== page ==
Ron Paul’s ascent over the past few weeks has been thrilling. Everything from his willingness to tackle issues that no one else will, to the fact that he actually answers questions is deeply impressive. He has gotten further than anyone expected, and after his performance in last week’s debates even the media is going to have to start taking him seriously.
This means that we are going to hear a lot on racism.
It will be tempting to just call it a smear, but that is not what it is. My own research has made it clear that Paul and his campaign need to address this issue. They need to address it very well if Paul is going to retain skeptical voters. There are some very disturbing places on the internet. I won’t dignify them with a link. Trust me when I say, however, that to the extent that there is a white supremacist vote, Paul owns it. No big deal, right? As the Republican most likely to beat the black guy, he was probably going to have that anyway.
Unfortunately, there is a lot more. From 1987 to 2001 a series of newsletters were published in Ron Paul’s name. James Kirchick of the New Republic and the Weekly Standard tracked down some of the older newsletters. He has highlighted language from these articles that can only be described as racist. Not that kind of icky feeling you get when old white dudes talk about race, but flat-out, old-school racist filth. The links above contain the details.
For the past decade Paul has denied writing the newsletters. He has also apologized for them and accepted moral responsibility for allowing the newsletters go out under his name. This is a good start, but it is not enough. This history has the potential to hurt Ron Paul, but more importantly the cause of liberty he supports so well. Paul and his campaign have to address these issues, and address them well. Where might they start?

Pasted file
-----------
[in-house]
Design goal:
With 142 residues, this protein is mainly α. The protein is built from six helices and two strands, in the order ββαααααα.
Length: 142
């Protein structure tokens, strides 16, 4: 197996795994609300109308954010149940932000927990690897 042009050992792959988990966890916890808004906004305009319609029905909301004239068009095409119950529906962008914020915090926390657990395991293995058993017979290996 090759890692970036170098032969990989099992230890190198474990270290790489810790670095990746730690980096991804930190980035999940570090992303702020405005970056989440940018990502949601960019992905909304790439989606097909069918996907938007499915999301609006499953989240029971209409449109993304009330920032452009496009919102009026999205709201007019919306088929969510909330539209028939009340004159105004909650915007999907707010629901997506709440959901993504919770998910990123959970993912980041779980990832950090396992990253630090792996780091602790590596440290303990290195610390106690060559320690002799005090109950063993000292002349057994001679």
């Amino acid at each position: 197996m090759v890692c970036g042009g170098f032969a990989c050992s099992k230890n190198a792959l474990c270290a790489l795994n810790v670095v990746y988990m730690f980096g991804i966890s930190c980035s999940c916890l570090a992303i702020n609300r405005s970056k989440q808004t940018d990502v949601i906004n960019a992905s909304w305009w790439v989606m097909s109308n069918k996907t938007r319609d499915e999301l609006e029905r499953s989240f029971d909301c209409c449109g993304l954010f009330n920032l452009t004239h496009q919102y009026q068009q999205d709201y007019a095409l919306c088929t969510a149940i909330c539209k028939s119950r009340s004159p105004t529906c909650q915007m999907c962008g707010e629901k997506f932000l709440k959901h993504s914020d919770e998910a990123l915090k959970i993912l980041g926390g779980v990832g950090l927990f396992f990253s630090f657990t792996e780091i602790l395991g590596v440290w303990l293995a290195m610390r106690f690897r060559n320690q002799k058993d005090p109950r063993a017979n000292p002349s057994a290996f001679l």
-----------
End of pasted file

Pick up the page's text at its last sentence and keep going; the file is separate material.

One place might be historical context. The majority of the statements pointed to in Kirchick’s article were from the late 80′s and early 90′s, most of 20 years ago. George Bush the 1st famously won the 1988 election with the “Willie Horton” ad. It essentially accuses the Democratic candidate of being in league with black rapists. The Republicans won by using language that was only slightly more veiled than that used in Paul’s newsletters. Paul was far out on the fringes back then, where more extreme rhetoric was seen as acceptable. This explanation adds to understanding, but does not excuse.
The only argument that might work for me is the following: The policies and platform that he is running on are better for people of color than those of any other major party candidate, including Obama. He is the only major party candidate against the drug war. The vast majority of those victimized by our drug laws are low-income minorities. He is the only major party candidate that supports a less vigorous US military. This would help the disproportionate number of low-income folks of color that fight and die for our country, and would also mean we bomb less brown people.
The high degree of media scrutiny the newsletters are about to receive is a good thing. This dirty laundry needs a good, early airing. If the Paul candidacy survives, it will be a much stronger one.
Update Jan 8th, 2012 by Stephen VanDyke: Told you it was futile, ha.